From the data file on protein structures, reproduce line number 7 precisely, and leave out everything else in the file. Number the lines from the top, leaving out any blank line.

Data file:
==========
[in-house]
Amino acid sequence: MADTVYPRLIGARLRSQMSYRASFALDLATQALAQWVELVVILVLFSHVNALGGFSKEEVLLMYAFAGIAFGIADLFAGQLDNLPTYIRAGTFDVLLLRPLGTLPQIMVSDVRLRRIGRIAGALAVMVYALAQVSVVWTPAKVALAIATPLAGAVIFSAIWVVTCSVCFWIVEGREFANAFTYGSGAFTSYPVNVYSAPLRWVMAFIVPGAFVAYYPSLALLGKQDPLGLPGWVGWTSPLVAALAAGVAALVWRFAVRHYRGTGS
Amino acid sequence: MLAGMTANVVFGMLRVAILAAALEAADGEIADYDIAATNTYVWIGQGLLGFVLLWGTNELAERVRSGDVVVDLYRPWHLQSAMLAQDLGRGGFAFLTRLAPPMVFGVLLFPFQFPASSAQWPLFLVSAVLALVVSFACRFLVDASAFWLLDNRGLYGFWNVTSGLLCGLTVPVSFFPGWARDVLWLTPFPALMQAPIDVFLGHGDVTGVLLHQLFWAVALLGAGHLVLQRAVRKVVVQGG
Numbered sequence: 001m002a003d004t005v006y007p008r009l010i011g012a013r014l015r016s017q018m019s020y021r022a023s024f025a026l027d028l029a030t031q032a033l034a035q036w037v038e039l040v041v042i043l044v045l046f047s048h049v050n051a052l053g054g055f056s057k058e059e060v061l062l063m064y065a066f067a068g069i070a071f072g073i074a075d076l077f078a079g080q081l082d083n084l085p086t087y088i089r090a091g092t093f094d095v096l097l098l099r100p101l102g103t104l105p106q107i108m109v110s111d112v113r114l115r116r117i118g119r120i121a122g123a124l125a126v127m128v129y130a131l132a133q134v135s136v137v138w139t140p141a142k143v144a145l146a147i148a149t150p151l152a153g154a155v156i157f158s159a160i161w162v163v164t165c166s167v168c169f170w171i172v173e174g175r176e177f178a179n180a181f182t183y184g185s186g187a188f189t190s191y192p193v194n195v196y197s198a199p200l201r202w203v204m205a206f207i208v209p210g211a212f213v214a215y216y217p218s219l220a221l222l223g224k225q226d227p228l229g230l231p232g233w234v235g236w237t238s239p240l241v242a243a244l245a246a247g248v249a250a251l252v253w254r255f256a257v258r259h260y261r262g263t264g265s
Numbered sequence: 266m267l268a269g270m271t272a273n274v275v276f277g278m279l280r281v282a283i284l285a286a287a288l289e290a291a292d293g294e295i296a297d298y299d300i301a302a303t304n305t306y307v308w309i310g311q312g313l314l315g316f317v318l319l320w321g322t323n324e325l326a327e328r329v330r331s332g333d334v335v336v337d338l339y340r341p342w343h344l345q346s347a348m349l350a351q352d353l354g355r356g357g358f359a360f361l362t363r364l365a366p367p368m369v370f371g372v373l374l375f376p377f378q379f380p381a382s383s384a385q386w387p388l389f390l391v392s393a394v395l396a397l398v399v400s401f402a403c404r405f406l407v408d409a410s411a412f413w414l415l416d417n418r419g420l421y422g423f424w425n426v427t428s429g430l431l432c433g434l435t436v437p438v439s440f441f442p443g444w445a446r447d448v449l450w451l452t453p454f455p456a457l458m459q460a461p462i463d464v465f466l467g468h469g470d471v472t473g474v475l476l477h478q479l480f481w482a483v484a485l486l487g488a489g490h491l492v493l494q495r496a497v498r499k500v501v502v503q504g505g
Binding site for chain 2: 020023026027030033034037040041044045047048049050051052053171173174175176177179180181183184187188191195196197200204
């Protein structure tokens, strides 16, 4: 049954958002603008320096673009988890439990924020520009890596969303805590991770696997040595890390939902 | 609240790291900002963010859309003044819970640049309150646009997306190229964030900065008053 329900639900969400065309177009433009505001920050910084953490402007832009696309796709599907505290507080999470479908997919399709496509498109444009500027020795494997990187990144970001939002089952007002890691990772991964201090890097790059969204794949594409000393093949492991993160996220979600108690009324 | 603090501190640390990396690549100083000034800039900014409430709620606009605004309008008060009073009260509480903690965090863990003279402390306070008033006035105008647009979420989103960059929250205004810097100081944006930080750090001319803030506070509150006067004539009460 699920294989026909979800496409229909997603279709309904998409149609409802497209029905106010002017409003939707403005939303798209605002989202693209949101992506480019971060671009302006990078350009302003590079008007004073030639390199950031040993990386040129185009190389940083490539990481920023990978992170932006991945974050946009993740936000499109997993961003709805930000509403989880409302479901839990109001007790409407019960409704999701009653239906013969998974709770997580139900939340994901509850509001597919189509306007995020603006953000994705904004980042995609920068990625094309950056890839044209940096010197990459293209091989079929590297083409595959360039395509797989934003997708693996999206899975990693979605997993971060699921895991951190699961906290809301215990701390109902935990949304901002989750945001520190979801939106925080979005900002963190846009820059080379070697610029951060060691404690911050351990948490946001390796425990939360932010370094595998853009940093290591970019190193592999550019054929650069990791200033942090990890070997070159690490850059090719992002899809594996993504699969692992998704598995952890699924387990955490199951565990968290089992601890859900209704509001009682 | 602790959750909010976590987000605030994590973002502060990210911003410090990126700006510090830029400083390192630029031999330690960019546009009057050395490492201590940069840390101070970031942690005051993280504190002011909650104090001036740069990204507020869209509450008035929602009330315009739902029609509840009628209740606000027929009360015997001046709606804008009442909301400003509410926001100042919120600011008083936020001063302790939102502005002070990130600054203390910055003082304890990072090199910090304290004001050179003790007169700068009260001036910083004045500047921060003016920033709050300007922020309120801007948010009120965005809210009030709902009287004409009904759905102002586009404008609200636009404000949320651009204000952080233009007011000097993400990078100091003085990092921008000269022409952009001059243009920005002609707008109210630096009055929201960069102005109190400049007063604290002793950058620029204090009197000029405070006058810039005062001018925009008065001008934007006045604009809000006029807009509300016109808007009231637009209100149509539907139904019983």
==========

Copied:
């Protein structure tokens, strides 16, 4: 049954958002603008320096673009988890439990924020520009890596969303805590991770696997040595890390939902 | 609240790291900002963010859309003044819970640049309150646009997306190229964030900065008053 329900639900969400065309177009433009505001920050910084953490402007832009696309796709599907505290507080999470479908997919399709496509498109444009500027020795494997990187990144970001939002089952007002890691990772991964201090890097790059969204794949594409000393093949492991993160996220979600108690009324 | 603090501190640390990396690549100083000034800039900014409430709620606009605004309008008060009073009260509480903690965090863990003279402390306070008033006035105008647009979420989103960059929250205004810097100081944006930080750090001319803030506070509150006067004539009460 699920294989026909979800496409229909997603279709309904998409149609409802497209029905106010002017409003939707403005939303798209605002989202693209949101992506480019971060671009302006990078350009302003590079008007004073030639390199950031040993990386040129185009190389940083490539990481920023990978992170932006991945974050946009993740936000499109997993961003709805930000509403989880409302479901839990109001007790409407019960409704999701009653239906013969998974709770997580139900939340994901509850509001597919189509306007995020603006953000994705904004980042995609920068990625094309950056890839044209940096010197990459293209091989079929590297083409595959360039395509797989934003997708693996999206899975990693979605997993971060699921895991951190699961906290809301215990701390109902935990949304901002989750945001520190979801939106925080979005900002963190846009820059080379070697610029951060060691404690911050351990948490946001390796425990939360932010370094595998853009940093290591970019190193592999550019054929650069990791200033942090990890070997070159690490850059090719992002899809594996993504699969692992998704598995952890699924387990955490199951565990968290089992601890859900209704509001009682 | 602790959750909010976590987000605030994590973002502060990210911003410090990126700006510090830029400083390192630029031999330690960019546009009057050395490492201590940069840390101070970031942690005051993280504190002011909650104090001036740069990204507020869209509450008035929602009330315009739902029609509840009628209740606000027929009360015997001046709606804008009442909301400003509410926001100042919120600011008083936020001063302790939102502005002070990130600054203390910055003082304890990072090199910090304290004001050179003790007169700068009260001036910083004045500047921060003016920033709050300007922020309120801007948010009120965005809210009030709902009287004409009904759905102002586009404008609200636009404000949320651009204000952080233009007011000097993400990078100091003085990092921008000269022409952009001059243009920005002609707008109210630096009055929201960069102005109190400049007063604290002793950058620029204090009197000029405070006058810039005062001018925009008065001008934007006045604009809000006029807009509300016109808007009231637009209100149509539907139904019983």